Another issue was that there were few Emiratis with expertise in film. “We were able to convince the leadership that, because this was an industry that did not exist before, you could not populate the upper levels of the organization with local staff. We had to bring expats in who would provide the guidance and training to create a professional industry.”

Now most of Image Nation’s 73 permanent employees are Emirati, many of them in senior positions. “I can honestly say we do not have a single Emirati working here just because they are Emirati. They’re very talented.”

Some have talked about a “motivational deficit and skills gap” in the ongoing policy of “localization” in the UAE and Saudi Arabia, but Garin dismisses it. “There’s a skills gap in an industry that wasn’t there before. There’s a difference between talent and skill. What they don’t lack is desire and ambition,”
he said.

Illustration by Luis Grañena

Image Nation was set up to cultivate a creative film industry in the region, but was not expected to be a source of financial profit. It lives off state funding.

“What I’m very grateful for is that the money comes with no strings. I’ve never had a complaint about the content, never been told what to create,” Garin said. “In the beginning, they were talking like audiences, not producers. We did what they wanted, but not necessarily in the way they wanted it to be done.”

He also explained how the “leadership was lamenting potentially raising a generation of spoiled children,” which led to the twin criteria for films encouraging social development as well as entertainment.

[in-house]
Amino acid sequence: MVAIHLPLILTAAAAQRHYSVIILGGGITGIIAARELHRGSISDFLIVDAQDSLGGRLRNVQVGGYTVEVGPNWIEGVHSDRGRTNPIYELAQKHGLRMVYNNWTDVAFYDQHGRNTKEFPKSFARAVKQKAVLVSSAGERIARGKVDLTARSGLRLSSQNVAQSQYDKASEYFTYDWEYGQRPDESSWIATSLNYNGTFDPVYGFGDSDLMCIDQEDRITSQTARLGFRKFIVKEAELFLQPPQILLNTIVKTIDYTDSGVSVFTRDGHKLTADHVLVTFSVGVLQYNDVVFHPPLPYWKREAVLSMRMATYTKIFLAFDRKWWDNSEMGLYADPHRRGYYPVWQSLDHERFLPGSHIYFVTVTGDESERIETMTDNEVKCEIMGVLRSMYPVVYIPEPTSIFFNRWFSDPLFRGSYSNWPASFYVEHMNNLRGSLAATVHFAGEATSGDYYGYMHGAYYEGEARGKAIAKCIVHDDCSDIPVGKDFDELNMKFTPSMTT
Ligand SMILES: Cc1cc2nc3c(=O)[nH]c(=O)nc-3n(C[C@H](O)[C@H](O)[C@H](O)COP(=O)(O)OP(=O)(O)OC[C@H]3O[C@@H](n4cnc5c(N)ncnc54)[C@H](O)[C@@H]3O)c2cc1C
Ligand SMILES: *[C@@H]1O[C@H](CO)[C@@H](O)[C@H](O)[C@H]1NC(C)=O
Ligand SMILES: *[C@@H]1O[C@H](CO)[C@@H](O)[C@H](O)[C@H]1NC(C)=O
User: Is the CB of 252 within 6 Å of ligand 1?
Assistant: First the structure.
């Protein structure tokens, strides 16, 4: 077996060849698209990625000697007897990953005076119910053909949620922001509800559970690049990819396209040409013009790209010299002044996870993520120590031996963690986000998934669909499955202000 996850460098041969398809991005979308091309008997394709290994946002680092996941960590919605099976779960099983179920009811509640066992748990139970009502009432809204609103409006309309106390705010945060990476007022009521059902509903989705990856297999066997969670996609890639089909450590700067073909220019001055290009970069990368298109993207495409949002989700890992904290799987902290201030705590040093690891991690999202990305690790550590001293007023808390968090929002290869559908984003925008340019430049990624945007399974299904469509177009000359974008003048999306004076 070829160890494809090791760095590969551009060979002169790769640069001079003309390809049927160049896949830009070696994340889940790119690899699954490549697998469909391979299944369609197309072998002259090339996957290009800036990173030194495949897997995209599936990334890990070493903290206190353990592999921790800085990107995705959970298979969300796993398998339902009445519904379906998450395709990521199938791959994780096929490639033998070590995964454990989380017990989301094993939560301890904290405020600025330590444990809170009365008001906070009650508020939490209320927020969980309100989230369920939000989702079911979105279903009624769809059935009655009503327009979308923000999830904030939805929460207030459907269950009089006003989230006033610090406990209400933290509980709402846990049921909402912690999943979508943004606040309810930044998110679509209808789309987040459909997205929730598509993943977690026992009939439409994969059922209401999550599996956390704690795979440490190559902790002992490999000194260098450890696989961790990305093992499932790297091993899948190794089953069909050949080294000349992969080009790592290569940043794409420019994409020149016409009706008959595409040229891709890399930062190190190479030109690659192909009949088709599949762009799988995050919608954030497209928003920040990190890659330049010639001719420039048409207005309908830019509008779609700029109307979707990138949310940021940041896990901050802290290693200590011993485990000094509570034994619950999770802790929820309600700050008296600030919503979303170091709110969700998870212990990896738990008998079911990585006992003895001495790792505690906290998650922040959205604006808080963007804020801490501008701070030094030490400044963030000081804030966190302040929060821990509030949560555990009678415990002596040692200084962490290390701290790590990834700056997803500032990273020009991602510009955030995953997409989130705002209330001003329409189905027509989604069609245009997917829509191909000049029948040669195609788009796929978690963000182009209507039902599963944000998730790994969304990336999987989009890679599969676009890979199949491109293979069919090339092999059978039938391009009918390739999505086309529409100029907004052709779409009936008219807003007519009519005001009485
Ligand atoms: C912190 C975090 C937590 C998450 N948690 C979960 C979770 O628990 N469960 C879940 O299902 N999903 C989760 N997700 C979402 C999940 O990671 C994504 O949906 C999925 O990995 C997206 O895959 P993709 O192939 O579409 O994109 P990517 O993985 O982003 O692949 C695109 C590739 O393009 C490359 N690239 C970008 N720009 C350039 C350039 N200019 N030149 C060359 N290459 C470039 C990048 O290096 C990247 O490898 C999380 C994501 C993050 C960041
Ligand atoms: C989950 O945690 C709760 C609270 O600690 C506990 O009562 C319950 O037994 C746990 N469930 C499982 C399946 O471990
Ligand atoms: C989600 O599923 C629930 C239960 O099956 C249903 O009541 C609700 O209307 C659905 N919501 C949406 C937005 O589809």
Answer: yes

He highlighted a series on the Philippines, designed to show pampered Emirati youth the realities of life beyond their privileged horizons, and a short movie, “Leap of Faith,” to accompany the $4.5 billion campaign by the UAE, in partnership with US philanthropist Bill Gates, to eradicate polio in Pakistan.

But his proudest achievement to date — at least before the Oscar — was the series “Justice,” which follows the lives of a family of Emirati lawyers and their clients, starring local actors and filmed on location in the UAE. “‘LA Law’ meets ‘Dallas’ in Abu Dhabi,” Garin described the show, which was translated into 27 languages on Netflix.

“This is one of the secrets of our success. Everything we do is culturally authentic. I think Saudi Arabia is following suit, combining international expertise with local talent, knowledge and resources. I really admire the way Saudi Arabia has gone about the development of their entertainment sector. There are certain things in our industry that can be purchased.